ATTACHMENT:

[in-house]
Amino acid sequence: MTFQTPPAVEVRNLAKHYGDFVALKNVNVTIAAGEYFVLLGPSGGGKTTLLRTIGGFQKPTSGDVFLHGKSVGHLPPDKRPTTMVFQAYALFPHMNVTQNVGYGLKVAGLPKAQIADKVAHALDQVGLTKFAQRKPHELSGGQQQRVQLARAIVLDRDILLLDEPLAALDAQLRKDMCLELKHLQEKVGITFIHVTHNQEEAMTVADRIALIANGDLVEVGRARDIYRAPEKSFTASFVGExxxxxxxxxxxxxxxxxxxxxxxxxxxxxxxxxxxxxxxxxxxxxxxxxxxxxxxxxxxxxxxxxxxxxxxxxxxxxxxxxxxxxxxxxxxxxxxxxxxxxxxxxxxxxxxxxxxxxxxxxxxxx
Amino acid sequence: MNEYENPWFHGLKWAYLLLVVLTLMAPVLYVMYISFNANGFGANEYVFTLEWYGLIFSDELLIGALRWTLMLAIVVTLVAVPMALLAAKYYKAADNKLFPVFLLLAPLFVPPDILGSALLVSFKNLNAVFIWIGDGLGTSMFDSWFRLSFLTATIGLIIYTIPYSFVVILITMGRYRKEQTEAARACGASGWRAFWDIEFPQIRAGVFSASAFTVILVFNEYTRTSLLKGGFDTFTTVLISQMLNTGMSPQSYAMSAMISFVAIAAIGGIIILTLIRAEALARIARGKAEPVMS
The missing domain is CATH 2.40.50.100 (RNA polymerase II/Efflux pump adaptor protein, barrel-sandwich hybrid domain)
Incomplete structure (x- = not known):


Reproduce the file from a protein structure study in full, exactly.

[in-house]
Amino acid sequence: MTFQTPPAVEVRNLAKHYGDFVALKNVNVTIAAGEYFVLLGPSGGGKTTLLRTIGGFQKPTSGDVFLHGKSVGHLPPDKRPTTMVFQAYALFPHMNVTQNVGYGLKVAGLPKAQIADKVAHALDQVGLTKFAQRKPHELSGGQQQRVQLARAIVLDRDILLLDEPLAALDAQLRKDMCLELKHLQEKVGITFIHVTHNQEEAMTVADRIALIANGDLVEVGRARDIYRAPEKSFTASFVGExxxxxxxxxxxxxxxxxxxxxxxxxxxxxxxxxxxxxxxxxxxxxxxxxxxxxxxxxxxxxxxxxxxxxxxxxxxxxxxxxxxxxxxxxxxxxxxxxxxxxxxxxxxxxxxxxxxxxxxxxxxxx
Amino acid sequence: MNEYENPWFHGLKWAYLLLVVLTLMAPVLYVMYISFNANGFGANEYVFTLEWYGLIFSDELLIGALRWTLMLAIVVTLVAVPMALLAAKYYKAADNKLFPVFLLLAPLFVPPDILGSALLVSFKNLNAVFIWIGDGLGTSMFDSWFRLSFLTATIGLIIYTIPYSFVVILITMGRYRKEQTEAARACGASGWRAFWDIEFPQIRAGVFSASAFTVILVFNEYTRTSLLKGGFDTFTTVLISQMLNTGMSPQSYAMSAMISFVAIAAIGGIIILTLIRAEALARIARGKAEPVMS
The missing domain is CATH 2.40.50.100 (RNA polymerase II/Efflux pump adaptor protein, barrel-sandwich hybrid domain)
Incomplete structure (x- = not known):